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Virginia attorney general: Local governments must meet in person except in dire need

Virginia attorney general: Local governments must meet in person except in dire need

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A screen shot from the Facebook Live broadcast of Monday’s Roanoke City Council meeting showing the members sitting farther apart than usual to maintain social distance. Many local bodies have made procedural changes — some dramatic — as they cope with the COVID-19 outbreak.

Local governments scrambling to conduct board and council meetings while respecting social distancing and coronavirus safety concerns were provided limited leeway by an opinion on the matter from Virginia Attorney General Mark Herring.

Despite guidance to avoid large gatherings, Herring said in an advisory opinion issued late Friday, government bodies cannot simply turn to electronic or teleconference meetings to conduct routine public business.

They can, however, do so in dire circumstances.

State law “permits public bodies that are unable to assemble in person because of the unique characteristics of the COVID-19 virus to meet electronically to make decisions that must be made immediately and where failure to do so could result in irrevocable public harm,” Herring wrote in the opinion.

Herring cautioned that even during a state of emergency declared by Gov. Ralph Northam, Virginia’s Freedom of Information Act and meeting transparency requirements remain in effect.

“That fundamental commitment to openness must be upheld and maintained even as we consider alternative methods to conduct the operation of the government,” Herring wrote.

As concerns about the spread of the virus have escalated, and dictums closing schools, halting sports and forbidding gatherings larger than 10 people have come down, local government bodies have looked to Herring for guidance on how to comply. Most local governments in the region already have closed the doors of their offices, asking the public to use phone or online means to transact business.

Monday, the Roanoke City Council held its regularly scheduled meetings, but left every other seat on the dais empty and put some council members at tables below the dais to maintain social distancing. During the meeting, City Attorney Dan Callaghan told council members that he and many other local governments had asked Herring for an opinion.

As he read the law, Callaghan said, local government bodies can only allow one member to participate electronically at a time. There’s an exception under a state of emergency, he explained, but only to discuss issues related to the emergency.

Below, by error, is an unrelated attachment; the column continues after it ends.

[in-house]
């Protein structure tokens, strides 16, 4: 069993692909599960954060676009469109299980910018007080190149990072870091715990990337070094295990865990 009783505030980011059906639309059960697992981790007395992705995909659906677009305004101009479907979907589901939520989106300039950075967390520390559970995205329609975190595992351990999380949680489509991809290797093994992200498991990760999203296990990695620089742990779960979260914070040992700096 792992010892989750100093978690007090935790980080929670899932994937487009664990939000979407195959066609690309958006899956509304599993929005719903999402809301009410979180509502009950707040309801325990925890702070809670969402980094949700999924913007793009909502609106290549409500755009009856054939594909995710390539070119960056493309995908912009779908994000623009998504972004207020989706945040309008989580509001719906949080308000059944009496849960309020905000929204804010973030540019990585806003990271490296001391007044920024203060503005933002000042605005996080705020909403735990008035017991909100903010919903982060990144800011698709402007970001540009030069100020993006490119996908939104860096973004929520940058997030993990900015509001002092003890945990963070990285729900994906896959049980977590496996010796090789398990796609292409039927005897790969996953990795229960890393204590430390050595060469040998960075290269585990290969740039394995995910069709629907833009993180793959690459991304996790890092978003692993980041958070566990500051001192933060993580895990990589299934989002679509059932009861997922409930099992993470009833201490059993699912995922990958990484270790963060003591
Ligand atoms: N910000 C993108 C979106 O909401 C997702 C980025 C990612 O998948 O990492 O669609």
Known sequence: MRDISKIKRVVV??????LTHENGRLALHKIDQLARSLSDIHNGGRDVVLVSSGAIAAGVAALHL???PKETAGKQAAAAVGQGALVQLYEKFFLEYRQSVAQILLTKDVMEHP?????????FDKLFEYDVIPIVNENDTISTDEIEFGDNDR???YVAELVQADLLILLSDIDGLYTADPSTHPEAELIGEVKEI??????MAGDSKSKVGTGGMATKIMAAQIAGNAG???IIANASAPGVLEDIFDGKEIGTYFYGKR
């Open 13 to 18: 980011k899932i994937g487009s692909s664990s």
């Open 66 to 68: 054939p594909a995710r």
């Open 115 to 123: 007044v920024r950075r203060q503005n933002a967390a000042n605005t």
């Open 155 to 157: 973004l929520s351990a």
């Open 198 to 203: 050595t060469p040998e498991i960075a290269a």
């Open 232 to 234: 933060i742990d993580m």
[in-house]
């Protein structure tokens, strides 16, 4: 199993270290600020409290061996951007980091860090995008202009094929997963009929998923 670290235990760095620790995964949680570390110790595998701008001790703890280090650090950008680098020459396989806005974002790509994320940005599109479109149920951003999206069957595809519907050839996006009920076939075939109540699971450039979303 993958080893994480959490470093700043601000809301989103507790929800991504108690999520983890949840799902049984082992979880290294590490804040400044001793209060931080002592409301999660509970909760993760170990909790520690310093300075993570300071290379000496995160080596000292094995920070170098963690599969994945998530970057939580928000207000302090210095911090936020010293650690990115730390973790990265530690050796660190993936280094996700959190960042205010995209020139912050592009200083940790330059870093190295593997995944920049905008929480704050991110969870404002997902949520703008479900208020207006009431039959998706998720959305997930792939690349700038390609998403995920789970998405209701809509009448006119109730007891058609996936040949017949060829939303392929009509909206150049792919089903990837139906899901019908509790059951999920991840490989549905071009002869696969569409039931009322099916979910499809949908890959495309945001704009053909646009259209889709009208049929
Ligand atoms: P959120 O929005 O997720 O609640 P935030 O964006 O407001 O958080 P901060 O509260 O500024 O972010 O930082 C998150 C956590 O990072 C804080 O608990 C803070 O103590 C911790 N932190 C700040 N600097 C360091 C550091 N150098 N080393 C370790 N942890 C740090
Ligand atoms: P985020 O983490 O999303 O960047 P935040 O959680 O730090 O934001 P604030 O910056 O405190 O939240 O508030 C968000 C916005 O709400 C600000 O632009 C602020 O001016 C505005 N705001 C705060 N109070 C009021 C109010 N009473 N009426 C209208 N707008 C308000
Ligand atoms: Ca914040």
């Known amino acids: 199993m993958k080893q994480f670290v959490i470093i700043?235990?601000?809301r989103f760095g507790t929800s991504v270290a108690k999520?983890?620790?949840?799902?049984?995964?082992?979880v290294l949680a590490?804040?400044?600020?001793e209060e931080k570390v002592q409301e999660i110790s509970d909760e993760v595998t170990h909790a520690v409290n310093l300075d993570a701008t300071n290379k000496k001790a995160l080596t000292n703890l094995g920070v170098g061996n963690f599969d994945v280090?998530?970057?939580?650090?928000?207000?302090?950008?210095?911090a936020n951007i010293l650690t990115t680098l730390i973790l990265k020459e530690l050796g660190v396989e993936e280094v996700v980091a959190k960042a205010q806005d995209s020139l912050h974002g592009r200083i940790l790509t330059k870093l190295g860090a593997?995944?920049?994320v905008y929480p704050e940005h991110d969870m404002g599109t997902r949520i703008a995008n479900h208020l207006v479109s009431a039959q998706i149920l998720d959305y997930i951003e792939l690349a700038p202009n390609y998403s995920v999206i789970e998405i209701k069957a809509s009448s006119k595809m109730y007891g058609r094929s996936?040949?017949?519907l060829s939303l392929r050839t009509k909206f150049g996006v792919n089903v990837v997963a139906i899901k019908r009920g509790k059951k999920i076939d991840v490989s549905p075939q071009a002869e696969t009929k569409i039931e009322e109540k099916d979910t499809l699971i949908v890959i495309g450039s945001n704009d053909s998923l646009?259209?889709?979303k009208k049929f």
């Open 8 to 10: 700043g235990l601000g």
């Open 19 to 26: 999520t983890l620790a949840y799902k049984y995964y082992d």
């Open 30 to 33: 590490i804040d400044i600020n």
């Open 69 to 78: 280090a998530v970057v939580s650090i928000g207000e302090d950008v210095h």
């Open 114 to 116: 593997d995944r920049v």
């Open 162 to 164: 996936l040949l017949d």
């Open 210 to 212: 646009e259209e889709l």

There was hope Herring might identify some flexibility in the law that allowed broader use of electronic meetings. But Herring did not clear the way for electronic meetings as a broad solution.

“The General Assembly did not intend to permit public bodies to handle all business through electronic communication means, even during a declared emergency,” Herring wrote.

Meetings to discuss regular business must still be conducted in person with a quorum, Herring said, and the body must make arrangements for public access to the meeting, which can include teleconferencing, online streaming and online messengers. Public notice laws regarding meetings remain in effect, he added.

Without the broad ability to meet electronically, area boards and councils were each left to find a way to meet safely with the facilities and resources they have.

The Salem City Council’s meeting at 7:30 p.m. Monday will be held in the South Salem Elementary School cafeteria rather than council chambers because the larger room allows social distancing.

The Bedford County Board of Supervisors is barring the public from its Monday evening meeting, according to a news release issued Friday afternoon, but will livestream the proceeding. The board invited public comments to be sent by email or called in by phone.

The Roanoke County Board of Supervisors likewise discouraged the public from attending its meeting Tuesday, instead directing them to the livestream of the meeting.

In Botetourt County, however, the meeting is going forward as planned with no plans to livestream the meeting.

Simply canceling meetings is often not an option, because local charters sometimes require bodies to meet a certain number of times per month or at regular intervals.

The Roanoke City Council, for example, is required by the city’s charter to meet on the first and third Mondays of each month.

Boards and councils can delay some actions to minimize duration of or need for meetings, but as Roanoke City Manager Bob Cowell noted to the Roanoke City Council last week, some council business is crucial — such as adopting a budget, as most local bodies do each spring.

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